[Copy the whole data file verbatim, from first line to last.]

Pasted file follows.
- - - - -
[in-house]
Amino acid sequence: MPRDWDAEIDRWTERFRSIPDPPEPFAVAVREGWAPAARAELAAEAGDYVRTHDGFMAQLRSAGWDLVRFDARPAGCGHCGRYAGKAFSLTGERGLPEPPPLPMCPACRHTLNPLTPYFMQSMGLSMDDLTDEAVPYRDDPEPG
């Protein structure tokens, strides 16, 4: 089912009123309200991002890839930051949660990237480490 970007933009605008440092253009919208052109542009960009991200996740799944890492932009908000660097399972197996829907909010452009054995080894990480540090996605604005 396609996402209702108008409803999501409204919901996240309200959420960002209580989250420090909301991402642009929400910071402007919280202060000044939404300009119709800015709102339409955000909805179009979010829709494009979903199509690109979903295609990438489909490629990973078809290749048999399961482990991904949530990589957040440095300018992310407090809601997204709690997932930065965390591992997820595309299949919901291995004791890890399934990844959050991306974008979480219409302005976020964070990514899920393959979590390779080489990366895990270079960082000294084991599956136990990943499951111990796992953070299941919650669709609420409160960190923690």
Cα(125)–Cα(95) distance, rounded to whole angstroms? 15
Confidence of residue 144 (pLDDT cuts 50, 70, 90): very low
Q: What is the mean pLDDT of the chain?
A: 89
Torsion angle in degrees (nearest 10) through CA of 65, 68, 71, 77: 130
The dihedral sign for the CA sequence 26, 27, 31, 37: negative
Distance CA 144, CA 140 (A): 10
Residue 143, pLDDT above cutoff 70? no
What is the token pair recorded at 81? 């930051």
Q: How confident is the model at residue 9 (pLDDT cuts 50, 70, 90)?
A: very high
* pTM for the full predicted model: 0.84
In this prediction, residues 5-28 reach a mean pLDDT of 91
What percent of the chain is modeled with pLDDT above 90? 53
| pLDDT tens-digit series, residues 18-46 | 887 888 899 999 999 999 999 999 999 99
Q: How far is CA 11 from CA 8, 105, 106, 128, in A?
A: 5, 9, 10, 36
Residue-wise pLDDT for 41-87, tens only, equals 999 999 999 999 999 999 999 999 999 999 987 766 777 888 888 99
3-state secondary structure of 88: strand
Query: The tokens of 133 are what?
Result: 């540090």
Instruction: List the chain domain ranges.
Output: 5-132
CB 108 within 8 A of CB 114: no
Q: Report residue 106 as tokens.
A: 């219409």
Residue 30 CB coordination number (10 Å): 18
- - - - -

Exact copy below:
[in-house]
Amino acid sequence: MPRDWDAEIDRWTERFRSIPDPPEPFAVAVREGWAPAARAELAAEAGDYVRTHDGFMAQLRSAGWDLVRFDARPAGCGHCGRYAGKAFSLTGERGLPEPPPLPMCPACRHTLNPLTPYFMQSMGLSMDDLTDEAVPYRDDPEPG
């Protein structure tokens, strides 16, 4: 089912009123309200991002890839930051949660990237480490 970007933009605008440092253009919208052109542009960009991200996740799944890492932009908000660097399972197996829907909010452009054995080894990480540090996605604005 396609996402209702108008409803999501409204919901996240309200959420960002209580989250420090909301991402642009929400910071402007919280202060000044939404300009119709800015709102339409955000909805179009979010829709494009979903199509690109979903295609990438489909490629990973078809290749048999399961482990991904949530990589957040440095300018992310407090809601997204709690997932930065965390591992997820595309299949919901291995004791890890399934990844959050991306974008979480219409302005976020964070990514899920393959979590390779080489990366895990270079960082000294084991599956136990990943499951111990796992953070299941919650669709609420409160960190923690």
Cα(125)–Cα(95) distance, rounded to whole angstroms? 15
Confidence of residue 144 (pLDDT cuts 50, 70, 90): very low
Q: What is the mean pLDDT of the chain?
A: 89
Torsion angle in degrees (nearest 10) through CA of 65, 68, 71, 77: 130
The dihedral sign for the CA sequence 26, 27, 31, 37: negative
Distance CA 144, CA 140 (A): 10
Residue 143, pLDDT above cutoff 70? no
What is the token pair recorded at 81? 């930051």
Q: How confident is the model at residue 9 (pLDDT cuts 50, 70, 90)?
A: very high
* pTM for the full predicted model: 0.84
In this prediction, residues 5-28 reach a mean pLDDT of 91
What percent of the chain is modeled with pLDDT above 90? 53
| pLDDT tens-digit series, residues 18-46 | 887 888 899 999 999 999 999 999 999 99
Q: How far is CA 11 from CA 8, 105, 106, 128, in A?
A: 5, 9, 10, 36
Residue-wise pLDDT for 41-87, tens only, equals 999 999 999 999 999 999 999 999 999 999 987 766 777 888 888 99
3-state secondary structure of 88: strand
Query: The tokens of 133 are what?
Result: 């540090």
Instruction: List the chain domain ranges.
Output: 5-132
CB 108 within 8 A of CB 114: no
Q: Report residue 106 as tokens.
A: 């219409």
Residue 30 CB coordination number (10 Å): 18